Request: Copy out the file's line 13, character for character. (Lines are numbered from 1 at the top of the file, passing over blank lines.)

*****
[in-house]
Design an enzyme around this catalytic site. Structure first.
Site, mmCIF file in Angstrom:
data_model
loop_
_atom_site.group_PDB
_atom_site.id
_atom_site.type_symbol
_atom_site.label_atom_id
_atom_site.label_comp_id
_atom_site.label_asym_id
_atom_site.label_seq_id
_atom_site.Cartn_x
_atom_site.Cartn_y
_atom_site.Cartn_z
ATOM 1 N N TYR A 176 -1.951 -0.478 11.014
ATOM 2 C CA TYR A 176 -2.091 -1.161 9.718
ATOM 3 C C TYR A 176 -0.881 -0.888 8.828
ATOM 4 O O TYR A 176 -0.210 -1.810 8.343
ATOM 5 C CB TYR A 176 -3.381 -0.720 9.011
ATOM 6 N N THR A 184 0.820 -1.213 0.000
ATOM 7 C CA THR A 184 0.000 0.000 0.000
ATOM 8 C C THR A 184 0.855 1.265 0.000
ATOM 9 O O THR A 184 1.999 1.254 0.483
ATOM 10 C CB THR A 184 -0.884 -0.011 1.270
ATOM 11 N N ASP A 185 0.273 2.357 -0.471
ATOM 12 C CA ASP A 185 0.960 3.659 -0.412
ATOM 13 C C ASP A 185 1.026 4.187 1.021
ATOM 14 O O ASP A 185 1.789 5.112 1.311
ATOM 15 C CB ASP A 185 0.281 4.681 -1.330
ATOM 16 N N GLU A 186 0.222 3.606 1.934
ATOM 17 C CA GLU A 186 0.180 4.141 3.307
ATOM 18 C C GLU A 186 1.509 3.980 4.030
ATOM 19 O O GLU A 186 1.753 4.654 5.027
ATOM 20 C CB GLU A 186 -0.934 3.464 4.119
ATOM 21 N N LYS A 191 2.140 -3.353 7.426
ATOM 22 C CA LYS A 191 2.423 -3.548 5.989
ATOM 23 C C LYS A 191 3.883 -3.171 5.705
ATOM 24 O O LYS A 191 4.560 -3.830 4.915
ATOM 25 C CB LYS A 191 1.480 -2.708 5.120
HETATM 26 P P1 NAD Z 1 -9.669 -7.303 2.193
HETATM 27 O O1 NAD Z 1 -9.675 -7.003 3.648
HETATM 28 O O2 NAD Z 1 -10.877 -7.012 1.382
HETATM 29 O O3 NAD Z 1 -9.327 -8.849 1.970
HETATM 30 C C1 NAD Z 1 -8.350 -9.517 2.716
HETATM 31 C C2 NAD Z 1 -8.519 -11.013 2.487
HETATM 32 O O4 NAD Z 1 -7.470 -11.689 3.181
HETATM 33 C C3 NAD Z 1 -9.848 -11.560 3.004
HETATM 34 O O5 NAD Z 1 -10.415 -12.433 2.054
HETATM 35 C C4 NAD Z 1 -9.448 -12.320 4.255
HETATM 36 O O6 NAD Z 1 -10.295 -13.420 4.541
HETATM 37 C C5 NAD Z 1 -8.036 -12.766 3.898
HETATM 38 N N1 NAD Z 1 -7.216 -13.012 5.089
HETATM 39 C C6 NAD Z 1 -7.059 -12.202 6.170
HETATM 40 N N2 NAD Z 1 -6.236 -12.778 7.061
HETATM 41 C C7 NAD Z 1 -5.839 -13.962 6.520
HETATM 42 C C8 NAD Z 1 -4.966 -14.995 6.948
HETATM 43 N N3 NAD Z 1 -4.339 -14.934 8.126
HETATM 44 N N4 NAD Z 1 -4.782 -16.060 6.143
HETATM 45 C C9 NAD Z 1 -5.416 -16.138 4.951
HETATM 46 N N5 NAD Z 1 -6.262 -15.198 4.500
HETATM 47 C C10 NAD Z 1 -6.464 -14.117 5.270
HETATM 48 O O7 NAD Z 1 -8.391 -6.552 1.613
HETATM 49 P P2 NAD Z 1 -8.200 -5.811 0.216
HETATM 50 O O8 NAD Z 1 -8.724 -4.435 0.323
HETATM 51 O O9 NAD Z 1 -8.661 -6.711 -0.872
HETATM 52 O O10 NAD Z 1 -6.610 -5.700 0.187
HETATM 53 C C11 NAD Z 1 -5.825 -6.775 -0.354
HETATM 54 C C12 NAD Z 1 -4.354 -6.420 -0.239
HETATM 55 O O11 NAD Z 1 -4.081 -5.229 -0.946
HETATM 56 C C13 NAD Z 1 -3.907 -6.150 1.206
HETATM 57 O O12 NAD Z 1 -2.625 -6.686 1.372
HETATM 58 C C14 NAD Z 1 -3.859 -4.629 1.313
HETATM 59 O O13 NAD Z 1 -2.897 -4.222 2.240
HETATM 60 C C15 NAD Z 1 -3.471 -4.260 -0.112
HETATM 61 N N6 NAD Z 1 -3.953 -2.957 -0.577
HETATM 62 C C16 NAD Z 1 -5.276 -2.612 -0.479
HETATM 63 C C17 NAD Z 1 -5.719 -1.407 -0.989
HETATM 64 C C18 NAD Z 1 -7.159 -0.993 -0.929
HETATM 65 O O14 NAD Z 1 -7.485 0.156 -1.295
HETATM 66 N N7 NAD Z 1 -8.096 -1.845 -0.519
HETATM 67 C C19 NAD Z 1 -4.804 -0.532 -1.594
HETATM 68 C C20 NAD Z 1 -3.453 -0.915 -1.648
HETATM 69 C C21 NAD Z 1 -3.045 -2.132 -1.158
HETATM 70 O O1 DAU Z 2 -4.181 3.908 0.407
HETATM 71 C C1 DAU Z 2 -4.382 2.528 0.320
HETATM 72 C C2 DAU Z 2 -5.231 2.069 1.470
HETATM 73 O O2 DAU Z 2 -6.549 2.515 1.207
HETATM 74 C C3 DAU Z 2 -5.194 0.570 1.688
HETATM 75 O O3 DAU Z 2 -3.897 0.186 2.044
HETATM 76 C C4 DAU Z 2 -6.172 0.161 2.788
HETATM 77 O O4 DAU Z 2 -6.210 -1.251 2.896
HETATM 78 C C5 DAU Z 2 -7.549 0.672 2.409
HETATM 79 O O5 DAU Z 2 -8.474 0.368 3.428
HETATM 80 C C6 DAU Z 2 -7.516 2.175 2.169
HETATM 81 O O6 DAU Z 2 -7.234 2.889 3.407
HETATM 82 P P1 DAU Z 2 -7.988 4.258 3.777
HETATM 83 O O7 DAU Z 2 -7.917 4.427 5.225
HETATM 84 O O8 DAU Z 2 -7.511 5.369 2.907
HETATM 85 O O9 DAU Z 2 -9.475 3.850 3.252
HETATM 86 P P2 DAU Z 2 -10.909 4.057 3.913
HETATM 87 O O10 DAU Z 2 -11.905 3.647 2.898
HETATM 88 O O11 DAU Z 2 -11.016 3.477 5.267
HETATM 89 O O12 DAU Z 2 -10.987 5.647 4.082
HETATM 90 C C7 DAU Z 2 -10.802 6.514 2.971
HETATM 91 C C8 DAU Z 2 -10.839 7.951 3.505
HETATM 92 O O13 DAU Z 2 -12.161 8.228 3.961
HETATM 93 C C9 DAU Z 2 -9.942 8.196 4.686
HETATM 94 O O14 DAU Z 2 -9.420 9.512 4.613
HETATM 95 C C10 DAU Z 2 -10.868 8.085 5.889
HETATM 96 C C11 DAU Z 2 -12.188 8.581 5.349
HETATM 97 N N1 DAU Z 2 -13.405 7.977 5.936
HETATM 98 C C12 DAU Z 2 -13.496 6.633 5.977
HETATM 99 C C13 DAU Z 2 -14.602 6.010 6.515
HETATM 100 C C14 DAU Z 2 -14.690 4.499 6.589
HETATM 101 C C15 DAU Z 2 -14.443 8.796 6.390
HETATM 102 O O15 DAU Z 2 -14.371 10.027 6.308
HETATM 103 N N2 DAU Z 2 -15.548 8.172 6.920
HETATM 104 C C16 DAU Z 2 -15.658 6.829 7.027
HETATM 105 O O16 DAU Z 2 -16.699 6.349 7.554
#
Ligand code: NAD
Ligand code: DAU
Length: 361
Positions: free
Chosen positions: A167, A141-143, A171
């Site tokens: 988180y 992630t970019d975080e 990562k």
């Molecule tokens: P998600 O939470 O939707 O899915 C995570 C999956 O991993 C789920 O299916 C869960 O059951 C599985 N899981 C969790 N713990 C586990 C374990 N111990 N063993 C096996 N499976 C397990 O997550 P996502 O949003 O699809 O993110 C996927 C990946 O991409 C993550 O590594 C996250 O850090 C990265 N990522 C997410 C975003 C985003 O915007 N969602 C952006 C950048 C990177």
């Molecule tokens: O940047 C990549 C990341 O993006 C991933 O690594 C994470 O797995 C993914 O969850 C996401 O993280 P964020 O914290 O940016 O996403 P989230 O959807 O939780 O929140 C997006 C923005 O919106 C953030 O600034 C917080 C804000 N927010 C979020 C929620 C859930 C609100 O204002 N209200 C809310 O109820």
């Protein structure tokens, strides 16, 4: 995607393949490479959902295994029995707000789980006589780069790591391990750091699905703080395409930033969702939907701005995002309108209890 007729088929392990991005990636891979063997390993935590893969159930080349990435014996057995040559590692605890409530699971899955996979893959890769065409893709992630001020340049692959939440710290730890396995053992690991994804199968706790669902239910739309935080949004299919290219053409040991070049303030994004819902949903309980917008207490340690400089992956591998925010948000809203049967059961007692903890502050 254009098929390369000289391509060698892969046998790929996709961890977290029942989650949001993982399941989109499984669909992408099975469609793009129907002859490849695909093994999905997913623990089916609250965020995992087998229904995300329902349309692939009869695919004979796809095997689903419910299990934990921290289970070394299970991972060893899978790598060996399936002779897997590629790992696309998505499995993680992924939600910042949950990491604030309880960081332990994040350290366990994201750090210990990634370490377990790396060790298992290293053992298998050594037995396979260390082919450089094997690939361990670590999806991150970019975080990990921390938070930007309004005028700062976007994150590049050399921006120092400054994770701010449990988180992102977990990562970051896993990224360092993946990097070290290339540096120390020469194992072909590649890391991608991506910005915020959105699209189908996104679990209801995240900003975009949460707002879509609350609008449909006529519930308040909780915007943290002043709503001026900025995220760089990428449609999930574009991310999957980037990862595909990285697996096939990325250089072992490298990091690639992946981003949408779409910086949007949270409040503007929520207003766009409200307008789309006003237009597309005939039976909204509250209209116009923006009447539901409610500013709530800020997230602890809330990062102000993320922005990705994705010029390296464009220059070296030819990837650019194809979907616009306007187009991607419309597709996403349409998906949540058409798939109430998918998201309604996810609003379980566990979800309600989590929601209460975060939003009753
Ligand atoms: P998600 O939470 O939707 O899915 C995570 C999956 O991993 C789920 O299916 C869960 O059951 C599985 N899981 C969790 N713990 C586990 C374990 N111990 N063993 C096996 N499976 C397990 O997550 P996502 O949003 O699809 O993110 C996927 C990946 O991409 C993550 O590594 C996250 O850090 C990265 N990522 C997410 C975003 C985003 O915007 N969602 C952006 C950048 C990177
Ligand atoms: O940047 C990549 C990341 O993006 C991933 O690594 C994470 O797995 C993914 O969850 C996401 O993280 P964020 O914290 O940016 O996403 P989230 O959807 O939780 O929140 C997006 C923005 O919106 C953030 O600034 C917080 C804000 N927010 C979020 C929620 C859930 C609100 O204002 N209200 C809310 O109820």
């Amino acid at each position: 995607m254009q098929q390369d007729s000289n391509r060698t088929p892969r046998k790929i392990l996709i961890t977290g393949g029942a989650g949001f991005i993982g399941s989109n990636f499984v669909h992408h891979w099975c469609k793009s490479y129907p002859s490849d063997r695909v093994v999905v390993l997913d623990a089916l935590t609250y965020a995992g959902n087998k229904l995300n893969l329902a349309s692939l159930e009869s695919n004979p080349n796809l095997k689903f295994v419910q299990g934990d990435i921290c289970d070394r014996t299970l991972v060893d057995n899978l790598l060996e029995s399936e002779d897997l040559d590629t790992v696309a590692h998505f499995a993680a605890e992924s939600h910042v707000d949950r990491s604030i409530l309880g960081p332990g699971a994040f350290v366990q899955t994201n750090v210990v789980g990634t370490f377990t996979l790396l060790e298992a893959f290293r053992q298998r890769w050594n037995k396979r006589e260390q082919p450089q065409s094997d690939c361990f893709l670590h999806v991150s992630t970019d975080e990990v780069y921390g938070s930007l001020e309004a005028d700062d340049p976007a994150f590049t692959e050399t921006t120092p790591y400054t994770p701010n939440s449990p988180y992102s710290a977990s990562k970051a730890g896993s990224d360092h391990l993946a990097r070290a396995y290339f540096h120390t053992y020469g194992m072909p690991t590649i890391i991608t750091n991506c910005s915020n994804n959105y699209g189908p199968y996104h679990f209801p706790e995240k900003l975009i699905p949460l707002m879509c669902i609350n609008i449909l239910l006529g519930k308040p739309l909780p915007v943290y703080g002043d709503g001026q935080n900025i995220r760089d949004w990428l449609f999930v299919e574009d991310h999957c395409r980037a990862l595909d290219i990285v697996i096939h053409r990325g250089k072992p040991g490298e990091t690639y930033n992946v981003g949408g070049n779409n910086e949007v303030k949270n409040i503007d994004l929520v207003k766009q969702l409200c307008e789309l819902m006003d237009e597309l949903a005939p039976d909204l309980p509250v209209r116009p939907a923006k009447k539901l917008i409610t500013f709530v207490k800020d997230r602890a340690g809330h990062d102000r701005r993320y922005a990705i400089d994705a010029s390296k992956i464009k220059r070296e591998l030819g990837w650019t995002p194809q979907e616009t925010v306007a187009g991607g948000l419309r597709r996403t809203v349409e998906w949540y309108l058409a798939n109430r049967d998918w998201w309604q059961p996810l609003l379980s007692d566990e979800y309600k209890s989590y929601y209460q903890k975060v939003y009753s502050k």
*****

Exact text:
_atom_site.Cartn_x